The brakes on trials bikes create more torque than common mountain bikes to lock the wheel rather than slowing the bike from a quick speed to a gradual stop. Trials bikes with larger wheels usually have brakes that work directly on the rim. In bikes with 66 cm wheels, rim brakes are used on both the back and front wheels. Bikes with 50.8 cm wheels have rim brakes on the back, but often disk brakes on the front. Rim brakes reduce the springiness found in disk brakes, which feels less precise to many riders. Rim tar is sometimes added to the rim of wheels to allow the bike to stop more quickly.

Tyres for a Trials Bike

Tyres for trials bikes are much wider than other types of bike tyres to provide a wide contact area. This allows tyres to be inflated to a lower pressure so that they are more resistant to pinch punctures: trials courses often have sharp edges. Wider rims also help to keep the tyre on the rim when exposed to side loads. The one potential disadvantage to having wider tyres is that they are heavier than thinner tyres. This extra weight is offset by larger holes in the rims between each spoke. Rear trials wheel hubs are defined by their spacing, usually either 116 mm or 135 mm.

Gear Ratios for a Trials Bike

Most trials bikes only have one gear. Therefore, the gear ratio cannot be changed while riding. The most common gear ratios for trials bikes are presented in the following table.

Gear Ratio

Length of One Complete Revolution (m)

Wheel Diameter (cm)

18:15

2.49

66

18:14

2.46

61

18:12

2.39

50.8

Gear ratios for trials bikes are chosen to provide the power and quick acceleration needed to move at the typical speeds for trials riding. General mountain bikes have multiple gears to get the rider through a variety of situations.

Wheel Diameter for a Trials Bike

The two most common measurements of wheel diameter are 50.8 cm and 66 cm. The smaller of the two is used on mod bikes that were originally comprised of modified BMX bikes. Some mod bikes have a 48 cm back wheel to allow for a wider tyre, but the tyre diameter remains the same despite the differences in rim size. Bikes with 66 cm wheels are called stock bikes. Hybrid bikes have a 61 cm wheel diameter and offer the ability to bridge between obstacles and lift the bike easily onto the back wheel.

How to Buy Trials and Motocross Bike Parts on eBay

Once you have a general grasp of trials and motocross bikes, you can visit eBay to find the right parts for your bike. From the home page, you can use the search engine by typing keywords into the rectangular text box at the top of the page. A query of "trials bike parts" presents a wide variety of parts. You can narrow the search by adding more detailed keywords, such as a component name or type of bike. Try to spell all of the search terms correctly so that the eBay search engine can find the parts that you want.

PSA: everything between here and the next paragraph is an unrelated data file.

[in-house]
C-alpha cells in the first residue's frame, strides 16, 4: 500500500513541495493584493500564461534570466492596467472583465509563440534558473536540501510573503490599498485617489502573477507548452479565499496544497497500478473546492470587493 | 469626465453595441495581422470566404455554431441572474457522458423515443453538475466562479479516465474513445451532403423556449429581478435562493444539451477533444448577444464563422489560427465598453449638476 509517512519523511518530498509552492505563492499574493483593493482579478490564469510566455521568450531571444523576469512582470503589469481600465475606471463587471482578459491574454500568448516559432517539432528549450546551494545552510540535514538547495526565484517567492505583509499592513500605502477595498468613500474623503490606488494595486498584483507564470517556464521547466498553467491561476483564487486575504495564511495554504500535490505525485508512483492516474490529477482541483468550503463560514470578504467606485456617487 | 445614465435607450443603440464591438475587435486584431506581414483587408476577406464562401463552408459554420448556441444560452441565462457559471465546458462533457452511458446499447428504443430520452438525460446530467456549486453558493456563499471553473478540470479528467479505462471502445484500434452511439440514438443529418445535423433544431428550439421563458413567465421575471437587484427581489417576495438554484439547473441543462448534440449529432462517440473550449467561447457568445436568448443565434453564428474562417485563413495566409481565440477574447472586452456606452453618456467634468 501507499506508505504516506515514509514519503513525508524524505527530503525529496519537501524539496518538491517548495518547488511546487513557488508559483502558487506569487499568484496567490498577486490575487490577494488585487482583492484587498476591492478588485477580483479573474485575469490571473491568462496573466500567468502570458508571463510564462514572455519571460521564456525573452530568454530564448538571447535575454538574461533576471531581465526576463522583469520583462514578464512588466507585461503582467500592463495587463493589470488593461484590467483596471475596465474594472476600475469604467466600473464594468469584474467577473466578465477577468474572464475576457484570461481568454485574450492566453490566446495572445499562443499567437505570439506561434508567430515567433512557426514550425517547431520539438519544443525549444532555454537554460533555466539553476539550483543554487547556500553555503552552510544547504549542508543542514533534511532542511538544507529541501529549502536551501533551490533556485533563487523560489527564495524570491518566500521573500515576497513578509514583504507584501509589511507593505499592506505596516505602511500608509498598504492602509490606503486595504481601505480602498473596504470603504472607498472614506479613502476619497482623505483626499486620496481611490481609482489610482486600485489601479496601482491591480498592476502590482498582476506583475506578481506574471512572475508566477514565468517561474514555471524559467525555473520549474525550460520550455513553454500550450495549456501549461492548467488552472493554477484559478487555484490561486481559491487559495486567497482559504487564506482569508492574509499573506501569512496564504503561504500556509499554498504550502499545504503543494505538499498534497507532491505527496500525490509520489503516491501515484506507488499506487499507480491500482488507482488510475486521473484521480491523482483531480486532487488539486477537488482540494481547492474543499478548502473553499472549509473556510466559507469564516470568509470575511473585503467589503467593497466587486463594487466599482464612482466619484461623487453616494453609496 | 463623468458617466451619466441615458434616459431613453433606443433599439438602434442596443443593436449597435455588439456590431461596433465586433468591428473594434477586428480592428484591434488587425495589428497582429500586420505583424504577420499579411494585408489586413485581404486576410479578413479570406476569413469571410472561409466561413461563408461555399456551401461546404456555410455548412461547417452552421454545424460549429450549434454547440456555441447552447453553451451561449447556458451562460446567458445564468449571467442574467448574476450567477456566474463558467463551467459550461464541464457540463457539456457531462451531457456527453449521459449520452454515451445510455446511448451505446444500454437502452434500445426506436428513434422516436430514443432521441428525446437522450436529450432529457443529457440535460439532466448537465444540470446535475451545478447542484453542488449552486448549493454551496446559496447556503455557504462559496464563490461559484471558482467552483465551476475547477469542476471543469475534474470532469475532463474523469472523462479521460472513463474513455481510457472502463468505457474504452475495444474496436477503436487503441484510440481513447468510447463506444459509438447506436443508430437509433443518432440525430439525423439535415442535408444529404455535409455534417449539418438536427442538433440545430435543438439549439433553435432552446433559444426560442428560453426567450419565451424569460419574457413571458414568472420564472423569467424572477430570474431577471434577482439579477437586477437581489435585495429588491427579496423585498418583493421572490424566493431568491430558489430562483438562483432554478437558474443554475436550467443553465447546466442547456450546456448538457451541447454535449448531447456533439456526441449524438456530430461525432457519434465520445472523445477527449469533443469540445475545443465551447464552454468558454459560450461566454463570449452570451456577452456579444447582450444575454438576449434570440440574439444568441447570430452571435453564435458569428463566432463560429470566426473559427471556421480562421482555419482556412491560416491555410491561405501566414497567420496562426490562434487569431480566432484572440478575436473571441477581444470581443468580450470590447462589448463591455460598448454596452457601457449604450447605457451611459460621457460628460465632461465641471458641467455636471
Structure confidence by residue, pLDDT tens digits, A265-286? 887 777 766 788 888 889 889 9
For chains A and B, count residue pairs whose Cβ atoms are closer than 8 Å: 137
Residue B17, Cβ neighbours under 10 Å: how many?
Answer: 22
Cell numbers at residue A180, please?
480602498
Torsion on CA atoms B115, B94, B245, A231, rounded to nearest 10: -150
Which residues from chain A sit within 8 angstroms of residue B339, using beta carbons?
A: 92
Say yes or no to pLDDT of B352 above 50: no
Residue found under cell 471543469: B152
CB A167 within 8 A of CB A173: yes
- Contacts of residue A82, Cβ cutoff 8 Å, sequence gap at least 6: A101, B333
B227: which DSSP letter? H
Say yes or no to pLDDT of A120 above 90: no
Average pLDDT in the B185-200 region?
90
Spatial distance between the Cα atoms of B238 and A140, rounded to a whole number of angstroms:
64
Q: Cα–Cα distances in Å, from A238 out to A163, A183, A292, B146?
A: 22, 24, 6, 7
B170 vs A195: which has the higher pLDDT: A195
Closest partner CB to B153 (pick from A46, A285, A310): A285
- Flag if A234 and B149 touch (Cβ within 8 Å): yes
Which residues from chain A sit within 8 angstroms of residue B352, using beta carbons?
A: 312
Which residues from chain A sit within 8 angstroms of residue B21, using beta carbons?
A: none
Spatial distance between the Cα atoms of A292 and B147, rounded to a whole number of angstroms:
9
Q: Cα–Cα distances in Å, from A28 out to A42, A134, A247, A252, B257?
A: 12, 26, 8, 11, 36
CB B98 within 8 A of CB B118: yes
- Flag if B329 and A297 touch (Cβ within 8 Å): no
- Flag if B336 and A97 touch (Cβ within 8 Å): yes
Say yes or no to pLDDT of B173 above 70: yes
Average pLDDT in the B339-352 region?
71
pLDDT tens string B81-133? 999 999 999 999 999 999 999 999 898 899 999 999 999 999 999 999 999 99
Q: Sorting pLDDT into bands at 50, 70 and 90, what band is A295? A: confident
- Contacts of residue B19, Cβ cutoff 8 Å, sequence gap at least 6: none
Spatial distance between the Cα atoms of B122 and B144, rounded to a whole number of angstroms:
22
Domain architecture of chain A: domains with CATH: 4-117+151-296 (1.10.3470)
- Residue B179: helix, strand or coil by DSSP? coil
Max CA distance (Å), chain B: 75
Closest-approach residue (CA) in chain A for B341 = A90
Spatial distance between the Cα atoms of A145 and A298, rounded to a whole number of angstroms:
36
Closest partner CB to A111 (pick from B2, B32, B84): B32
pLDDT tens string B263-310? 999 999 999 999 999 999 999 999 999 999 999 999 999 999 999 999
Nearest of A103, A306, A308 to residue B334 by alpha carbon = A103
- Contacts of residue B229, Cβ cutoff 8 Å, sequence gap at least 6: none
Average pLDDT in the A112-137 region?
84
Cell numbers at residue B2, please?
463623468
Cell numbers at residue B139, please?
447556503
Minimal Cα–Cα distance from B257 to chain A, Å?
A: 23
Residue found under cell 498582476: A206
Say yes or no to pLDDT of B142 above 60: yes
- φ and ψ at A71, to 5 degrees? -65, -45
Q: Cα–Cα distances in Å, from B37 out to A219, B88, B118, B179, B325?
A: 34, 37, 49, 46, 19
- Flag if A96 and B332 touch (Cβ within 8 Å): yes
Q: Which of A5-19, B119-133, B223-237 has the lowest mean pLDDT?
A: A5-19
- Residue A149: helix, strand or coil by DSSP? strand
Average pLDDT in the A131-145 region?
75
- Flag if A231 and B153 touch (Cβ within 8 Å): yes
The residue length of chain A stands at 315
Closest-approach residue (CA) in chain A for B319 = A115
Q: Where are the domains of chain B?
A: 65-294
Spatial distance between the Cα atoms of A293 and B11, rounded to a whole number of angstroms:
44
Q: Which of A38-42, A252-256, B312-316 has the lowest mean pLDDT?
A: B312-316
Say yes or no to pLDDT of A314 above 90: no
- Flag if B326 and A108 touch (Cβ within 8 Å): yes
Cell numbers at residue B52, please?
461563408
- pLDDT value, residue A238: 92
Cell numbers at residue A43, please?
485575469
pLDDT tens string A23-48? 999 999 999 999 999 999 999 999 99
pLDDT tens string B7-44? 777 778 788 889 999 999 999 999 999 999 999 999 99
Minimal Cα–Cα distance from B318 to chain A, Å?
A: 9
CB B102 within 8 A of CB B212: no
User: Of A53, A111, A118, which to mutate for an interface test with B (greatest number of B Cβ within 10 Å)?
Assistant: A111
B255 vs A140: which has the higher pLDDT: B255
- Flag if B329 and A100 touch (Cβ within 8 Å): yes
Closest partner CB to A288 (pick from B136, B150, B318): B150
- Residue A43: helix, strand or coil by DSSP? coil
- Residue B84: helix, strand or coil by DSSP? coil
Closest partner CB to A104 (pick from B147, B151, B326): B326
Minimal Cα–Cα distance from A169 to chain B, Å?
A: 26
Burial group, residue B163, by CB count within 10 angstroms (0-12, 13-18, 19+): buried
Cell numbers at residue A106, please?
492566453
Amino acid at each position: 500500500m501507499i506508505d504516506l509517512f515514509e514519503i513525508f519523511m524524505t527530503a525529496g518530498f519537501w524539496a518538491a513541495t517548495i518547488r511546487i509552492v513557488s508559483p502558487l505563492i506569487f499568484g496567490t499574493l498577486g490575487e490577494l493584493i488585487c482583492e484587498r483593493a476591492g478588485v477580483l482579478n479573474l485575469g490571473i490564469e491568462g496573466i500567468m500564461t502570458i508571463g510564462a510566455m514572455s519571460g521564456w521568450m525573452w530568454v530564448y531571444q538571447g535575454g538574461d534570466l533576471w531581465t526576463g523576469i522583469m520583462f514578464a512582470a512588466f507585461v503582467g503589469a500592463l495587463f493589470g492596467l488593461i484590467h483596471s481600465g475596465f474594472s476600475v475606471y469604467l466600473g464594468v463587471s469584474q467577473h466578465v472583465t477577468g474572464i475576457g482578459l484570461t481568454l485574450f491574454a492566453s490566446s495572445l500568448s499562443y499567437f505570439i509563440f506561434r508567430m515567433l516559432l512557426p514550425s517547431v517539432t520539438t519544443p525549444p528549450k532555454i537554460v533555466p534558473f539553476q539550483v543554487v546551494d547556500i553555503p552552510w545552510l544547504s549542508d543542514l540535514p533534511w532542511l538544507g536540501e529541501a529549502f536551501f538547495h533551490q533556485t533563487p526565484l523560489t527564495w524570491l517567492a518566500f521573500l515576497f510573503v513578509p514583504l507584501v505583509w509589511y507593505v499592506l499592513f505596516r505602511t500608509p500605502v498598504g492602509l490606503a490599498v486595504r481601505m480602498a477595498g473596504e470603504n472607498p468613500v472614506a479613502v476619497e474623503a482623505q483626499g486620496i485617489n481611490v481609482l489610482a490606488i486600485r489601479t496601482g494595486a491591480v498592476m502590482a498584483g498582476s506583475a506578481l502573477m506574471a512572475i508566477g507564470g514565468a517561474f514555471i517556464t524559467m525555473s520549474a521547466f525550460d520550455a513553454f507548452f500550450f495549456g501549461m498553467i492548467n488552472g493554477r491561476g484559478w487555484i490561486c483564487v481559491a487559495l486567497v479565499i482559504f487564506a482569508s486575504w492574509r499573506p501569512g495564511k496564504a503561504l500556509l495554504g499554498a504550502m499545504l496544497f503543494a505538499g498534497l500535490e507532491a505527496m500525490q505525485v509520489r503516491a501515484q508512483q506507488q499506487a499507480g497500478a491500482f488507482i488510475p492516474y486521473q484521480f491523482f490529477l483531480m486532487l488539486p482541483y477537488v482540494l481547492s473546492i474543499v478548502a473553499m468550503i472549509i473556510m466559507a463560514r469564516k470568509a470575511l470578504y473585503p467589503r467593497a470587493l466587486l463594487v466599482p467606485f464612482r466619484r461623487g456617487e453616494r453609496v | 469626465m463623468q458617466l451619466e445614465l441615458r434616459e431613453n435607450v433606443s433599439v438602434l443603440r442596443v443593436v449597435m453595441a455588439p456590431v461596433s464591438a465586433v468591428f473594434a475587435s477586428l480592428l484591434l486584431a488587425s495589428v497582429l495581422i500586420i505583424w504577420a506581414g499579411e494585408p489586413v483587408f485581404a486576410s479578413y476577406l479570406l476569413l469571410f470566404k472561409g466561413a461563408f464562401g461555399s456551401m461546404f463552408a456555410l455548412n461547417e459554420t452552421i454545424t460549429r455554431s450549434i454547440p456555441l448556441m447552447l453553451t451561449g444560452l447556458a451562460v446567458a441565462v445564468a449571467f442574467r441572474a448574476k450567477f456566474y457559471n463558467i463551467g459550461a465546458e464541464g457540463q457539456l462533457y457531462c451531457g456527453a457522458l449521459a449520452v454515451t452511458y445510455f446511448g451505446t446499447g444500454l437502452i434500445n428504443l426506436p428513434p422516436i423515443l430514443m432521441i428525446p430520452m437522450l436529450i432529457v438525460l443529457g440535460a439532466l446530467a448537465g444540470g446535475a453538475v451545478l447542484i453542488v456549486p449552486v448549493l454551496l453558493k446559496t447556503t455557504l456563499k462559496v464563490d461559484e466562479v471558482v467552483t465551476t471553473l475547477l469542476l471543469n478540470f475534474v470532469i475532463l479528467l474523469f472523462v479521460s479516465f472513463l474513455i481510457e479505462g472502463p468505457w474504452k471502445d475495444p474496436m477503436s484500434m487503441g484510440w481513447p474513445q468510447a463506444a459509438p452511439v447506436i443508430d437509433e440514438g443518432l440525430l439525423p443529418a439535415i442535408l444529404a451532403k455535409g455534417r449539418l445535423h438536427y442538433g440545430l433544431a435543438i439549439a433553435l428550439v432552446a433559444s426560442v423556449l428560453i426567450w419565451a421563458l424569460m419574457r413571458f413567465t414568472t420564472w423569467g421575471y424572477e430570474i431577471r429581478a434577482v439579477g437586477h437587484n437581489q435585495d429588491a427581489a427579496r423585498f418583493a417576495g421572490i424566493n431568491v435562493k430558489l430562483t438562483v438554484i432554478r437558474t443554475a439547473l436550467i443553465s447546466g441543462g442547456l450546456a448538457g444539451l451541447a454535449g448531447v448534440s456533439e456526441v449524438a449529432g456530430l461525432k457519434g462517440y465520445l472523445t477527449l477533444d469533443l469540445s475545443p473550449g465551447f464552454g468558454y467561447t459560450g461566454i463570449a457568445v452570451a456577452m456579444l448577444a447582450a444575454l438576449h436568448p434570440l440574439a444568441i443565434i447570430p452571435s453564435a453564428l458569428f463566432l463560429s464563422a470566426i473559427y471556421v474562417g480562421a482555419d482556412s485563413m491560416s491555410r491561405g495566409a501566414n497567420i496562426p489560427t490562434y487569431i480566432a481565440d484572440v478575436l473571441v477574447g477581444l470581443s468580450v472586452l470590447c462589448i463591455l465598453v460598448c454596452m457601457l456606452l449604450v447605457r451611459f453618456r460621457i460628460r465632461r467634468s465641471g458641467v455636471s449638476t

How to Research Sellers on eBay

Once you have found the appropriate part, it is a good idea to spend a moment or two to research the seller. Every product page includes seller information, such as the seller's username, the rate of positive feedback, and whether or not the person is a Top-rated seller. By clicking on the username, you are given more detailed information, including individual ratings for the seller's ability to describe the item, communicate efficiently and effectively, and the timeliness of dispatch. When you buy a trials or motocross bike part from an eBay seller, you can feel confident that the person on the other end of the transaction is reputable.

Conclusion

Trials and motocross bike racing are different because trials use manual bikes, whereas motocross bikes have motors. However, the two sports have similar equipment in some respects and require similar skills: they both need riders that have good physical awareness and high levels of focus. The various types of motocross sports determine the composition of the bikes and which spare parts are required to make the bikes work to the rider's advantage.

For trials bike competitions, the modified mountain bike has various constituent parts that can be checked by an amateur mechanic in case of a fault. Trials bikes have different frames, brakes, and wheels than common mountain bikes in order to provide a steady ride that can stop and accelerate quickly. Understanding each part allows the buyer to identify which part needs to be purchased. The right part for trials and motocross bikes can always be found on eBay, which is the one-stop shopping destination for enthusiastic racers.